Martinot, E., & Borg, N. (1998). Energy-efficient lighting programs: Experience and lessons from eight countries. Energy Policy, 26(14), 1071-1081. doi:10.1016/S0301-4215(98)00052-4
We analyze ten case studies of energy-efficient lighting programs in eight countries – Poland, Thailand, Mexico, Jamaica, Peru, Brazil, Denmark and the United Kingdom – to draw out and compare the lessons and experience related to program approaches, technology diffusion and market transformation impacts, cost effectiveness of greenhouse-gas reductions, and economic benefits. Program approaches include direct subsidies, wholesale buy-downs, bulk procurement, give-aways, education, voluntary agreements, and consumer financing mechanisms. All approaches were adequate to deliver a targeted quantity of high-efficiency lamps to consumers, but differed substantially in their cost-effectiveness, economic benefits and market transformation effects. The Poland, Thailand, Danish and UK cases in particular show that lighting programs can reduce CO2 emissions at a cost of US$5–US$10/ton, or even less including indirect impacts. The potential indirect impacts on national lighting markets through the market transformation aspects of the programs are significant but difficult to assess because of the absence of pre-project baselines. The cases focus mainly on compact fluorescent lamps (CFLs) for residential use, and include four recent projects financed in part by the Global Environment Facility.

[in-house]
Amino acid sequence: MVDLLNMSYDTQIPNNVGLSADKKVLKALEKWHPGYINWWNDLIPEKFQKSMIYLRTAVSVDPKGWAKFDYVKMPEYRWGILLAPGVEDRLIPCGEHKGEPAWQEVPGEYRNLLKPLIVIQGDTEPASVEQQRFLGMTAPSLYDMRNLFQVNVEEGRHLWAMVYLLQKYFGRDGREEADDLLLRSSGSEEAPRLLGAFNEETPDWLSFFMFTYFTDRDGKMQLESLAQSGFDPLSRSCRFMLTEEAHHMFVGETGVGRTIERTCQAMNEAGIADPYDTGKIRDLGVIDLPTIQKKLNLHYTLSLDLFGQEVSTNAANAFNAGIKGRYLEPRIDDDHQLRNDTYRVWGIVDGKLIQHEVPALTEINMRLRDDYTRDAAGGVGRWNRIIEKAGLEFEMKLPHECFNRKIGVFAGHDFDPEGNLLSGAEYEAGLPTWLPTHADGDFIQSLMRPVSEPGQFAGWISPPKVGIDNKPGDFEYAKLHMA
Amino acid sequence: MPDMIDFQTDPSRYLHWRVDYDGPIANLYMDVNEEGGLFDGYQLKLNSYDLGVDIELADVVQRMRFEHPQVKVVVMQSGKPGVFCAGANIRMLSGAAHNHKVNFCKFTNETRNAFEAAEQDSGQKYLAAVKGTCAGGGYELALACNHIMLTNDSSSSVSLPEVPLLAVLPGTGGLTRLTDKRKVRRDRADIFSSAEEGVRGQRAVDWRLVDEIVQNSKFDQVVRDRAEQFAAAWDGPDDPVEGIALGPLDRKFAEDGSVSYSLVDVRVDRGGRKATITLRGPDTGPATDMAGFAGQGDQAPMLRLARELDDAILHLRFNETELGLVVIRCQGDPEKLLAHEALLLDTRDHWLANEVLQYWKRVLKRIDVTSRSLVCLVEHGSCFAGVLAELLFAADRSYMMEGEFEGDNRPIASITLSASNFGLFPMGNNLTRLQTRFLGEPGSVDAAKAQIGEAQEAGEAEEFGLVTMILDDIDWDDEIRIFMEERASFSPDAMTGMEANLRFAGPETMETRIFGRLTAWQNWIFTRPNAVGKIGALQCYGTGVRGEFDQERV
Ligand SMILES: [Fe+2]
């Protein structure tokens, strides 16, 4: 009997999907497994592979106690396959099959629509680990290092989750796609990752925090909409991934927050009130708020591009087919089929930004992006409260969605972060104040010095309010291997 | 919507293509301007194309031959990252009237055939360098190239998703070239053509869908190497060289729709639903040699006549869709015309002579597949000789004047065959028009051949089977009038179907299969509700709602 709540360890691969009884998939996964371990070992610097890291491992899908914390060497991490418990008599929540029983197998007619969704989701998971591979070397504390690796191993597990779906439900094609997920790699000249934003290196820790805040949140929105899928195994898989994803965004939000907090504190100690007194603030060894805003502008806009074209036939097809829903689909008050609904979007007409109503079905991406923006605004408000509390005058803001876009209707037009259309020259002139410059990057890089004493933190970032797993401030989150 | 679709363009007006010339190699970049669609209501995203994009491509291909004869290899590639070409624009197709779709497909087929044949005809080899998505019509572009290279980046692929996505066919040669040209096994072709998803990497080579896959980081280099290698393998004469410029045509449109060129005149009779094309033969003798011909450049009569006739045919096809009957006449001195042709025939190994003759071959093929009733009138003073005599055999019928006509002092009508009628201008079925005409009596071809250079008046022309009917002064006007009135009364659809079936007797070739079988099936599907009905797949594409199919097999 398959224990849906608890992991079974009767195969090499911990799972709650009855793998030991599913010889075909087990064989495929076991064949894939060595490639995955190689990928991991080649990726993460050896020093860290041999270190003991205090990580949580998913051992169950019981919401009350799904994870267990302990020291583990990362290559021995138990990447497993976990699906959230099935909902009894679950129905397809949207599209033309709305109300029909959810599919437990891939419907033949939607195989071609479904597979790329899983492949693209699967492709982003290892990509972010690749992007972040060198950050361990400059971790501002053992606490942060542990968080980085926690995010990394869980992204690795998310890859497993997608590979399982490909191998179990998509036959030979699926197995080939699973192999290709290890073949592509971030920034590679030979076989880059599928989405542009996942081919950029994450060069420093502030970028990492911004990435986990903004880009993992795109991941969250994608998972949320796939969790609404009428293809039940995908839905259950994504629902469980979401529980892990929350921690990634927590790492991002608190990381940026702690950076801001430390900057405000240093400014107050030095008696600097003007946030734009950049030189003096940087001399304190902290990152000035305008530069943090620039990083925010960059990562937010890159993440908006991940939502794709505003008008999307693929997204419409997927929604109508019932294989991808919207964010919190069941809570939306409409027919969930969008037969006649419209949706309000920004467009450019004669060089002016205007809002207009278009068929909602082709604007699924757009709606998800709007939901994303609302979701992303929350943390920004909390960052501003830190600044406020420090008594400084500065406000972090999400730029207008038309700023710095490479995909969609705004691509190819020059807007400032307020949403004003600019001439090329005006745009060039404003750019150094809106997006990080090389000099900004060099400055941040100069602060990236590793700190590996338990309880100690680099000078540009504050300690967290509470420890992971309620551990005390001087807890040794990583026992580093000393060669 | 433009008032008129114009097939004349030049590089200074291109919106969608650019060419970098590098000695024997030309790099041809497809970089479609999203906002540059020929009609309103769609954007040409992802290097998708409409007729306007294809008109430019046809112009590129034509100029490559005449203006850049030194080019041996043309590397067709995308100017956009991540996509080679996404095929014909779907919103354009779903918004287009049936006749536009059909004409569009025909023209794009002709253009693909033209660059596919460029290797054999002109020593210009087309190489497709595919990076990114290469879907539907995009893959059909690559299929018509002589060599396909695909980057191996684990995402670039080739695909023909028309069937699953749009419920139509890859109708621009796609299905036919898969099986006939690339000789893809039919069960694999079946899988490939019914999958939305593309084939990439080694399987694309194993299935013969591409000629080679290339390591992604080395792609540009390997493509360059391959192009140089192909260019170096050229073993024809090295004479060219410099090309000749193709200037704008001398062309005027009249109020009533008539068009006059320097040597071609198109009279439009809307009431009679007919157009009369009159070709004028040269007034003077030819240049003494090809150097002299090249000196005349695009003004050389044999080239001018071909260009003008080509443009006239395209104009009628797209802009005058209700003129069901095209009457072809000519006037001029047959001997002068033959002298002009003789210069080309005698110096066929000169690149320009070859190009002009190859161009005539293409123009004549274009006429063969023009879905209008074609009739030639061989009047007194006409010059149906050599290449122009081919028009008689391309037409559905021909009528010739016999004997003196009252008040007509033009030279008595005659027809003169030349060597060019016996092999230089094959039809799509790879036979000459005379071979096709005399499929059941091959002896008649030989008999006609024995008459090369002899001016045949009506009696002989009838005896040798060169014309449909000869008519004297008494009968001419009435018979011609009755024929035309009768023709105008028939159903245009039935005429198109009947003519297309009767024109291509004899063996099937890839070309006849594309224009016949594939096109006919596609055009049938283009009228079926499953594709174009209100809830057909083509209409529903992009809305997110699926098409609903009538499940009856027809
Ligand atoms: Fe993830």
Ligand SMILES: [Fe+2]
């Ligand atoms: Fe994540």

; Martinot, E
(1998). Energy-efficient lighting programs: Experience and lessons from eight countries. Energy Policy
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